East Coast flood event insurance update – 4 March


News release

Friday, 4 March 2022

The Insurance Council of Australia (ICA) today said insurers have received 67,537 claims related to the ongoing flooding in South-East Queensland and New South Wales.

This is a 12 per cent increase on yesterday’s claims count, indicating that the rate at which claims are coming in is slowing. (See graph below)

Seventy-six per cent of these claims are from Queensland and 24 per cent are from New South Wales. New South Wales figures are still expected to increase in coming days as the impacts of the weather event become more apparent.

Eighty-two per cent of claims are for domestic property, with the remainder motor vehicle.

Based on previous flood events the estimated current cost of claims is now just over $1 billion.

This figure is subject to detailed assessment of claims as loss adjustors move in over the coming weeks and will increase as further claims are made.

ICA CEO Andrew Hall today welcomed comments by National Recovery and Resilience Agency (NRRA) head, Shane Stone, calling for a review of land use planning arrangements.

Mr Hall is in Canberra today to attend a meeting of emergency service ministers and agencies along with other stakeholders.

Quote attributable to Andrew Hall, CEO, Insurance Council of Australia:

The impacts of this event across two States are still coming into focus, and we are particularly concerned about the community of Lismore who have been absolutely devastated.

An army of insurance assessors are already on-the-ground helping with claims where it is safe to do so, and we are working closely with all levels of government and community to see this happen as quickly as possible.

Claims handling reforms have significantly improved the customer experience, and eligible customers in urgent need can now more quickly receive an advance cash payment of up to $5,000.

Customers may also be able to access temporary accommodation under their policy, although I acknowledge that this is particularly tight in Lismore and some other locations.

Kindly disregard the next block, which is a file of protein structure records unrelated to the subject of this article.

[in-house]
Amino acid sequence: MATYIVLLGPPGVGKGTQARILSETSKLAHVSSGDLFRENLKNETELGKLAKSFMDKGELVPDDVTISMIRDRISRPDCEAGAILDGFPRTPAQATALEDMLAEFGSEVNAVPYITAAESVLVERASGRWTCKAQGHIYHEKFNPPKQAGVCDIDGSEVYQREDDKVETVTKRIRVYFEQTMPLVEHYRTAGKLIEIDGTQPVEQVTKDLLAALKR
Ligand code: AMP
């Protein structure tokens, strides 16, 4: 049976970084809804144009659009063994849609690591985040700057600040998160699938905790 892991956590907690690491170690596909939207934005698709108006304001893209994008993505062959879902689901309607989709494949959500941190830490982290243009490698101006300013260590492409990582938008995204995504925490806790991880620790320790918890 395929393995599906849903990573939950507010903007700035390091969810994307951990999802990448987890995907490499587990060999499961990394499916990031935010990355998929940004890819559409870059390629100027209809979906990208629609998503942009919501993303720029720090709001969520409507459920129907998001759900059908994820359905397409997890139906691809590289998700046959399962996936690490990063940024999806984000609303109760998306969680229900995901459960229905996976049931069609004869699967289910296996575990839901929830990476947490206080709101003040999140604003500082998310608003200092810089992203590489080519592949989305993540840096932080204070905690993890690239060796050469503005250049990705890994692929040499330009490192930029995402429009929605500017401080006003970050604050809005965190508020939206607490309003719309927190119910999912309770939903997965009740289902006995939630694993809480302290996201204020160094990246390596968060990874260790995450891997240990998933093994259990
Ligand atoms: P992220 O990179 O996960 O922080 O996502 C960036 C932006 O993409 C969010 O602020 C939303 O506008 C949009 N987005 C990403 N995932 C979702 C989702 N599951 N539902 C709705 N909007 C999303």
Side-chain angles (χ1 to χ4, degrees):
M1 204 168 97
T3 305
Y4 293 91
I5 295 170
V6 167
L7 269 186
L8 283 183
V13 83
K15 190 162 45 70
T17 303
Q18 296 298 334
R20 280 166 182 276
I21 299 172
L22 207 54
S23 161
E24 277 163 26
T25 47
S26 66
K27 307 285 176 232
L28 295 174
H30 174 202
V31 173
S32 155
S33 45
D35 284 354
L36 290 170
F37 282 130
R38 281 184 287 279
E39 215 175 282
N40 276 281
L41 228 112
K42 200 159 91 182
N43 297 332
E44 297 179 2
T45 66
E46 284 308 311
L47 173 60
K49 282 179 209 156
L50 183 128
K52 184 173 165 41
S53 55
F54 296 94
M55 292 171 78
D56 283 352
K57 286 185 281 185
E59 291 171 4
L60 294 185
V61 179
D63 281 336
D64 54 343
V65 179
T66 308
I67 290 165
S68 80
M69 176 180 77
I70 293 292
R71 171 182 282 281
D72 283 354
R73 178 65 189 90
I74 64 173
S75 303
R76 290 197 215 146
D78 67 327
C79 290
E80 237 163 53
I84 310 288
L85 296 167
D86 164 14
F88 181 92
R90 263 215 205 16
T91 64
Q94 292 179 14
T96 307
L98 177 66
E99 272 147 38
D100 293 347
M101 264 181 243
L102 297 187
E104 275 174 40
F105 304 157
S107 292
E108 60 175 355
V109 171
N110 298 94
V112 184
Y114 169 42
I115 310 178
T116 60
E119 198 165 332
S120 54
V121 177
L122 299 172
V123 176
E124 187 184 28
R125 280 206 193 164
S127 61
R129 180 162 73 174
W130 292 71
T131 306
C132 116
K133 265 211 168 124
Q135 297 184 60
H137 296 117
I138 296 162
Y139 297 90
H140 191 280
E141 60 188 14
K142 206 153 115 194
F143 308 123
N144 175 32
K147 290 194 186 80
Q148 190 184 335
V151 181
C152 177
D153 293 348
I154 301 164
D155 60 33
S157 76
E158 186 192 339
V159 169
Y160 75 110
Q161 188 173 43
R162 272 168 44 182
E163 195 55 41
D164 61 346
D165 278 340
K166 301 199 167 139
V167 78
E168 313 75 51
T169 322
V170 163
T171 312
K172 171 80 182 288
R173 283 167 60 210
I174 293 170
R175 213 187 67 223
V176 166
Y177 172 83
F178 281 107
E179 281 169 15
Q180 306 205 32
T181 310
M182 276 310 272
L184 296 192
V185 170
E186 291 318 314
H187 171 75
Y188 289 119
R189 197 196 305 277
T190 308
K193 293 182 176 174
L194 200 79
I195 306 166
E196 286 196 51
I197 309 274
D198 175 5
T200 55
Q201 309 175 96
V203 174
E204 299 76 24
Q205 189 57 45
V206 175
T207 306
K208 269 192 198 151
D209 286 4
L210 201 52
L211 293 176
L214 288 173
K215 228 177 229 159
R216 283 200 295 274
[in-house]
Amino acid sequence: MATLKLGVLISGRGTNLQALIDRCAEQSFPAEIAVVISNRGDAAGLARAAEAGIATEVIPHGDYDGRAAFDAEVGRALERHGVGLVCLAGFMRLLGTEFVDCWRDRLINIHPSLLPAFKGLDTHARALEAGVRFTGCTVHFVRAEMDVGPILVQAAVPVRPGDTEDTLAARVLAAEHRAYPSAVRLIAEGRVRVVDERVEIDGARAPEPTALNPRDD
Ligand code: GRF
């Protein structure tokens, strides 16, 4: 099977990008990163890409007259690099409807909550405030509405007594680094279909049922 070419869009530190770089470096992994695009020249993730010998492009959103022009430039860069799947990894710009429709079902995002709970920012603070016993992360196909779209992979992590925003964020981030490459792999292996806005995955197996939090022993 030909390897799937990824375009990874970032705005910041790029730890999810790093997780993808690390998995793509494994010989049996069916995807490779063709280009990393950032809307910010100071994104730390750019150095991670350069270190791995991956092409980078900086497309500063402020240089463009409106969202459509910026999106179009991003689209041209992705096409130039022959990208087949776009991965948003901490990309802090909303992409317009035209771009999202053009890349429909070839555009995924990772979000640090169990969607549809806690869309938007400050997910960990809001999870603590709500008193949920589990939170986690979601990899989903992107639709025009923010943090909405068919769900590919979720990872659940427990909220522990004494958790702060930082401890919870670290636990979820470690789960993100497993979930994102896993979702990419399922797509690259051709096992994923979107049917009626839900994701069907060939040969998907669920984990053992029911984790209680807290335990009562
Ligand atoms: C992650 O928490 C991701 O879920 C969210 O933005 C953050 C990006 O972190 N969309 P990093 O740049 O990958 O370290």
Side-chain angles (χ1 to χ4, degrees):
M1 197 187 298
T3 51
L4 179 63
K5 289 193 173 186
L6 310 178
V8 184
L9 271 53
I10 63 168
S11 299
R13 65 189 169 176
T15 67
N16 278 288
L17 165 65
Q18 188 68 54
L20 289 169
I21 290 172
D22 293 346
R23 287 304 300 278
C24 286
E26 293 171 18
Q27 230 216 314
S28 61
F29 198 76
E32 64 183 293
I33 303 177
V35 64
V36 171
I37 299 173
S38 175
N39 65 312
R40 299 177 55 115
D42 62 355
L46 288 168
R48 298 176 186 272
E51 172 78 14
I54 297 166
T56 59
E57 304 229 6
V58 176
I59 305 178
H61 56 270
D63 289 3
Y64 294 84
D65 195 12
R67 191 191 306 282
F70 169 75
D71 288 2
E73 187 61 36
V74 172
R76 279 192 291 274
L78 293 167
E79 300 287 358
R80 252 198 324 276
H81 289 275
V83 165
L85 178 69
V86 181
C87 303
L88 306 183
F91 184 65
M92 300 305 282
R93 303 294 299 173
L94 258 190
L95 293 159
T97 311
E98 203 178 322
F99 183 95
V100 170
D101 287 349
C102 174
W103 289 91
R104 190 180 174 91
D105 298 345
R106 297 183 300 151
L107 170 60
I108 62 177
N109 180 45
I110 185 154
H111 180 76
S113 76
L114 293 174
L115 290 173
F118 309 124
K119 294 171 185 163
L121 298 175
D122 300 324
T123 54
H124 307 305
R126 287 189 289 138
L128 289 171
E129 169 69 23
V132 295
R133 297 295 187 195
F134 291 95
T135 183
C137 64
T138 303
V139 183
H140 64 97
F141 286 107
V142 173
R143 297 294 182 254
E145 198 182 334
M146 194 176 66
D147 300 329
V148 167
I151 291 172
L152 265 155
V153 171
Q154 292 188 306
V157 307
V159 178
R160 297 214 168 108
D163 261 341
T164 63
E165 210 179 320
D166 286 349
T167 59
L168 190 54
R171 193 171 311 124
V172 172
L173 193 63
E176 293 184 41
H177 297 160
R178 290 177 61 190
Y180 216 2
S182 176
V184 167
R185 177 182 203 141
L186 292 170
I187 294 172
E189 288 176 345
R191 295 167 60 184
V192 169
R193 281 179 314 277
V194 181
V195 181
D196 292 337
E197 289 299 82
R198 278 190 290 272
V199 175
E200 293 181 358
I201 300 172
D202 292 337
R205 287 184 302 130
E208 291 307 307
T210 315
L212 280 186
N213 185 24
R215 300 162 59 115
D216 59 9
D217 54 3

This event has just reinforced the need for a national conversation about what we build and where we build it, and to that end I welcome comments by NRRA head Shane Stone today and look forward to taking up this issue with State and Federal Governments in coming months.


  • Safety is the priority – don’t do anything that puts anyone at risk
  • Only return to your property when emergency services give the go ahead
  • If water has entered the property, don't turn on your electricity until it has been inspected by an electrician
  • Contact your insurance company as soon as possible to lodge a claim and seek guidance on the claims process
  • Property owners who have sustained roof damage should advise their insurer, your insurer will arrange emergency works to minimise any hazards and prevent further damage. This can include isolating damaged solar panels or electrical circuits and installing a roof tarp
  • Don’t worry if you can’t find your insurance papers – insurers have electronic records and need only your name and address

What to do if your property has been impacted by flooding and storms

  • You can start cleaning up but first take pictures or videos of damage to the property and possessions as evidence for your claim
  • Keep samples of materials and fabrics to show your insurance assessor
  • Remove water damaged goods from your property that might pose a health risk, such as saturated carpets and soft furnishings
  • Make a list of each item damaged and include a detailed description, such as brand, model, and serial number if possible
  • If water has entered the property, do not turn on your electricity until it has been inspected by an electrician
  • Store damaged or destroyed items somewhere safe where they do not pose a health risk
  • Speak to your insurer before you attempt or authorise any building work, including emergency repairs, and ask for the insurer’s permission in writing. Unauthorised work may not be covered by your policy
  • Do not throw away goods that could be salvaged or repaired


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